Ellis Island Today

Current and Future Projects

Superstorm Ellis Island

The Laundry Building

The fully equipped Laundry Hospital Outbuilding played an important role in helping to prevent the spread of contagious disease. Among its many activities it is estimated that at the height of immigration through Ellis Island, 2000 to 3000 pieces of laundry were disinfected and washed daily.

Laundry Equipment

The 60 x 40 foot building was designed in 1899 by U. S. Treasury Department Architect James Knox Taylor and built by New York City builder Atillio Pasquini. The brick building included dormers for the staff, a morgue, autopsy room, discharging and receiving rooms, disinfecting and laundry rooms and a boiler room. The Laundry Hospital Outbuilding, originally known as the Hospital Outbuilding, was built between September 1900 and December 1901 and listed on the National Register in 1966.

In January 2016 we completed the restoration of the historic Hospital Laundry Building — Today participants of our Hard Hat Tours can see the original laundry equipment still in place on the first floor of the building. A portion of the building now serves as leased office space and the education department for our many programs.

We would like to thank everyone who supported this project with a special thank you to The National Park Service, The Hudson County Open Space Trust Fund, The New Jersey Historic Trust, The New Jersey Historical Commission, The Grassman Trust, The Hyde and Watson Foundation, Phillips Van Huesen and the 1772 Foundation.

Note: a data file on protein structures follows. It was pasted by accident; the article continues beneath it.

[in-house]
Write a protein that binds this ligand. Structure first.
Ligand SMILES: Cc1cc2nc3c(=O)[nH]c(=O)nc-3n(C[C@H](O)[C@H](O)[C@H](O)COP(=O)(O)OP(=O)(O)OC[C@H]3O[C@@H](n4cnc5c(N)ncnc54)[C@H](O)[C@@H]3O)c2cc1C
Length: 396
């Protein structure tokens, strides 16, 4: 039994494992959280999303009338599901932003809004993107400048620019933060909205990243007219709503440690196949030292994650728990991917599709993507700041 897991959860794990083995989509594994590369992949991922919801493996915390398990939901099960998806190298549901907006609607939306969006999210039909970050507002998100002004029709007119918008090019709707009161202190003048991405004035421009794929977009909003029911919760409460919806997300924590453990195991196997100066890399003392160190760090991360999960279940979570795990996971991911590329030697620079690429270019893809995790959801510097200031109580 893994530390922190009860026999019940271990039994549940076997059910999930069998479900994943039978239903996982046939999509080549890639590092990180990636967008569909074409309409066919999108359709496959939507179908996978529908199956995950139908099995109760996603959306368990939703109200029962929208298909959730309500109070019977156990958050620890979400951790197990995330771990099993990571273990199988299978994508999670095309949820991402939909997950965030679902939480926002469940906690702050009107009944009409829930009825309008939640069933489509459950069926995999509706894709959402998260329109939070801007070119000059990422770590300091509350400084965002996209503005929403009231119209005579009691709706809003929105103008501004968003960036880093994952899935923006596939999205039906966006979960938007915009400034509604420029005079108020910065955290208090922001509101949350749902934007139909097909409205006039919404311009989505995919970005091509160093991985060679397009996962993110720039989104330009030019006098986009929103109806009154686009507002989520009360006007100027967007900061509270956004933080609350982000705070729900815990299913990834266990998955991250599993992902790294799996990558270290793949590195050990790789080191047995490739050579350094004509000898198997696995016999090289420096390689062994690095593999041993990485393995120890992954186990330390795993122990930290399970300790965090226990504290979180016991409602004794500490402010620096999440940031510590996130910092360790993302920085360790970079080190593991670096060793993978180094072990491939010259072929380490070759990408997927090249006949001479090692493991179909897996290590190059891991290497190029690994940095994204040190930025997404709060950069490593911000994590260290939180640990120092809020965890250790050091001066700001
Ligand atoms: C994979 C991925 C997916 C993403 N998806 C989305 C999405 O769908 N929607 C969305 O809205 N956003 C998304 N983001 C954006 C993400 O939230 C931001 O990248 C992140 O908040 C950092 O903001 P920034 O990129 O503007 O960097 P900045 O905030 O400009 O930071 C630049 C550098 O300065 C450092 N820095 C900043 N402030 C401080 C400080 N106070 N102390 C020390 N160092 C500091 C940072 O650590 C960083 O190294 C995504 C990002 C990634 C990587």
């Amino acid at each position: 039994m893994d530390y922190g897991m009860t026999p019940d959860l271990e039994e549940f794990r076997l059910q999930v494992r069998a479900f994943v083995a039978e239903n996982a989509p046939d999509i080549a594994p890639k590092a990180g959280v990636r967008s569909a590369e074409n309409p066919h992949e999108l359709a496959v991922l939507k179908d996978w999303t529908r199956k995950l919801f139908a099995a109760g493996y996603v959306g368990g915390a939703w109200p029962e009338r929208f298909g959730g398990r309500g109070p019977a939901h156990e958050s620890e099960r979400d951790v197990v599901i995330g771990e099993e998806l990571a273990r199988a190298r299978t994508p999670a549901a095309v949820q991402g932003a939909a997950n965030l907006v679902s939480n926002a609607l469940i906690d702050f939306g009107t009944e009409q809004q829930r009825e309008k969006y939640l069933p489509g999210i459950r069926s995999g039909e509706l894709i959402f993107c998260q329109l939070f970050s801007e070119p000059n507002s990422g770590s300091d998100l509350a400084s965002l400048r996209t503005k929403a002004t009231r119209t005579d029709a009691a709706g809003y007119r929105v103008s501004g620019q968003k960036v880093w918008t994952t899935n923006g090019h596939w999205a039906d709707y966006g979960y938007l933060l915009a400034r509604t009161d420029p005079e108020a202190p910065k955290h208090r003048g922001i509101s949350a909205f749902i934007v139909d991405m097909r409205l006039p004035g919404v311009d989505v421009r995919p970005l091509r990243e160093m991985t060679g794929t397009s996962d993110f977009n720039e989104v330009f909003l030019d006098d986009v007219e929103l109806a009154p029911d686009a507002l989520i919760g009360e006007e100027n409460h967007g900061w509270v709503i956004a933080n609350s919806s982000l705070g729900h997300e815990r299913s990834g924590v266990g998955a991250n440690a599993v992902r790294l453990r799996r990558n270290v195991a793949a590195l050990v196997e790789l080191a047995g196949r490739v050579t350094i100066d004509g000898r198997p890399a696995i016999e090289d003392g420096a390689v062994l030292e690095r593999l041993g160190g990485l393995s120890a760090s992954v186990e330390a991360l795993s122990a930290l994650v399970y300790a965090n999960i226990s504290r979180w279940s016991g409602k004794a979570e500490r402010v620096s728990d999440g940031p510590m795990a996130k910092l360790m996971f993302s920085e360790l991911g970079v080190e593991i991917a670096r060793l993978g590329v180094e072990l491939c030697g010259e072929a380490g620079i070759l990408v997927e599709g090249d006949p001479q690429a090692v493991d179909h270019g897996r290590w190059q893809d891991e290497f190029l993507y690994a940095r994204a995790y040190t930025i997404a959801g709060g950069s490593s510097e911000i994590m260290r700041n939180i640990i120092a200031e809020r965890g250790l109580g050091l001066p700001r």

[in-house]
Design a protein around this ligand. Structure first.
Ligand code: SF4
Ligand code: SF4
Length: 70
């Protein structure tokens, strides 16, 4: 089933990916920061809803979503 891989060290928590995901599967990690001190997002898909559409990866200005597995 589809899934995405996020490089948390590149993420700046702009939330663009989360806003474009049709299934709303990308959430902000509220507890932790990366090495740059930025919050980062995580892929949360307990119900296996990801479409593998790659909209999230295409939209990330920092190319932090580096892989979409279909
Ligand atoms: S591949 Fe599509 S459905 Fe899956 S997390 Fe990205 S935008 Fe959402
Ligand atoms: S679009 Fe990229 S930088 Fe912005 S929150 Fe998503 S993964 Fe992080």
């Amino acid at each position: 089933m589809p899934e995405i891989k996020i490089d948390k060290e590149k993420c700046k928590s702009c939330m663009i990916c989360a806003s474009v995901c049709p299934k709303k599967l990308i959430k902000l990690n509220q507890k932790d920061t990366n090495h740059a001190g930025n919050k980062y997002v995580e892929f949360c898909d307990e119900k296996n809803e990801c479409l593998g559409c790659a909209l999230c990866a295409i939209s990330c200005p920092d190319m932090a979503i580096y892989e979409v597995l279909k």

To find out how you can donate to our current project, please call us at 973 383 1080. Thank you.

 Restored exterior of the Laundry Building


From 1892 to 1954, over 12 million immigrants entered USA through the portal of Ellis Island in New York Harbor

We are part of America's story

Ellis Island tells the story of the journey of millions of men, women and children from around the world who sought a new future on these shores.

Walking around these buildings we're not just talking about history-visitors are able to touch, feel, and understand in a way that connects them to the past. As we rebuild parts of Ellis Island, we are rebuilding its legacy and revitalizing living landmarks to a world gone by. Save Ellis Island is working to create a destination that echoes the beacon of hope that it once was for nearly twelve million immigrants and continues to be for the nearly two million visitors each year.

Find out more

Our Supporters

The Save Ellis Island website is made possible by a generous donation from Heidi Liebi Root in memory of her father Fred Liebi